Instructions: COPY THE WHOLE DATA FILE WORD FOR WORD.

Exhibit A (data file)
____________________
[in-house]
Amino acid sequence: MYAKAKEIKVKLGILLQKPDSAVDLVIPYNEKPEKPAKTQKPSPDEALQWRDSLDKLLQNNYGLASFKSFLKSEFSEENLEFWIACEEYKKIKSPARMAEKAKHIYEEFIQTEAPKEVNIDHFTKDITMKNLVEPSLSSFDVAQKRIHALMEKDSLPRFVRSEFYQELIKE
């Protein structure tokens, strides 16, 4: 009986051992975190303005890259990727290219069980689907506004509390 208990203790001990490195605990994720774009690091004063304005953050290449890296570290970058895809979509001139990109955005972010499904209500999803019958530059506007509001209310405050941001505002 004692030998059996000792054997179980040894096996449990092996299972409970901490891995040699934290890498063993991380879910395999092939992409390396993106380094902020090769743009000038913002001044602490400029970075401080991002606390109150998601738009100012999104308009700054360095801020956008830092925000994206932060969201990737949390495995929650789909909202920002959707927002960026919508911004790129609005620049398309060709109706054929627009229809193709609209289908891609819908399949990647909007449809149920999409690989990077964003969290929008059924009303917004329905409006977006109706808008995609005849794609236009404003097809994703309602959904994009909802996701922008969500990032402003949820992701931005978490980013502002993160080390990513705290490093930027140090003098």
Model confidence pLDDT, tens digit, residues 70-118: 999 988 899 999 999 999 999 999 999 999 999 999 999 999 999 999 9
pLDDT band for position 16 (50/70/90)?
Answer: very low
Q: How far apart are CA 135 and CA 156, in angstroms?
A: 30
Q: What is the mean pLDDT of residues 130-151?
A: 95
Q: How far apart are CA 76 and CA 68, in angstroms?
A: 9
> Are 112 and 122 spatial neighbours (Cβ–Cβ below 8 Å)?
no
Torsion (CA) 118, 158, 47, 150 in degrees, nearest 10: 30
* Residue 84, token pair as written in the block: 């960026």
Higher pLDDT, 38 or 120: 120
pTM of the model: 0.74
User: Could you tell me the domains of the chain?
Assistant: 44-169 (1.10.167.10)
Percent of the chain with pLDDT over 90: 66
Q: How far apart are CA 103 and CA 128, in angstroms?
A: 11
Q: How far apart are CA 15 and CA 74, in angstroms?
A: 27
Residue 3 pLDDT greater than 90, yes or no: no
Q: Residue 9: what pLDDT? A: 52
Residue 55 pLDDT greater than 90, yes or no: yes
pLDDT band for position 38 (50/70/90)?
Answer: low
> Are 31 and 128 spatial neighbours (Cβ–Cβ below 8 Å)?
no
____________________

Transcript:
[in-house]
Amino acid sequence: MYAKAKEIKVKLGILLQKPDSAVDLVIPYNEKPEKPAKTQKPSPDEALQWRDSLDKLLQNNYGLASFKSFLKSEFSEENLEFWIACEEYKKIKSPARMAEKAKHIYEEFIQTEAPKEVNIDHFTKDITMKNLVEPSLSSFDVAQKRIHALMEKDSLPRFVRSEFYQELIKE
């Protein structure tokens, strides 16, 4: 009986051992975190303005890259990727290219069980689907506004509390 208990203790001990490195605990994720774009690091004063304005953050290449890296570290970058895809979509001139990109955005972010499904209500999803019958530059506007509001209310405050941001505002 004692030998059996000792054997179980040894096996449990092996299972409970901490891995040699934290890498063993991380879910395999092939992409390396993106380094902020090769743009000038913002001044602490400029970075401080991002606390109150998601738009100012999104308009700054360095801020956008830092925000994206932060969201990737949390495995929650789909909202920002959707927002960026919508911004790129609005620049398309060709109706054929627009229809193709609209289908891609819908399949990647909007449809149920999409690989990077964003969290929008059924009303917004329905409006977006109706808008995609005849794609236009404003097809994703309602959904994009909802996701922008969500990032402003949820992701931005978490980013502002993160080390990513705290490093930027140090003098």
Model confidence pLDDT, tens digit, residues 70-118: 999 988 899 999 999 999 999 999 999 999 999 999 999 999 999 999 9
pLDDT band for position 16 (50/70/90)?
Answer: very low
Q: How far apart are CA 135 and CA 156, in angstroms?
A: 30
Q: What is the mean pLDDT of residues 130-151?
A: 95
Q: How far apart are CA 76 and CA 68, in angstroms?
A: 9
> Are 112 and 122 spatial neighbours (Cβ–Cβ below 8 Å)?
no
Torsion (CA) 118, 158, 47, 150 in degrees, nearest 10: 30
* Residue 84, token pair as written in the block: 């960026």
Higher pLDDT, 38 or 120: 120
pTM of the model: 0.74
User: Could you tell me the domains of the chain?
Assistant: 44-169 (1.10.167.10)
Percent of the chain with pLDDT over 90: 66
Q: How far apart are CA 103 and CA 128, in angstroms?
A: 11
Q: How far apart are CA 15 and CA 74, in angstroms?
A: 27
Residue 3 pLDDT greater than 90, yes or no: no
Q: Residue 9: what pLDDT? A: 52
Residue 55 pLDDT greater than 90, yes or no: yes
pLDDT band for position 38 (50/70/90)?
Answer: low
> Are 31 and 128 spatial neighbours (Cβ–Cβ below 8 Å)?
no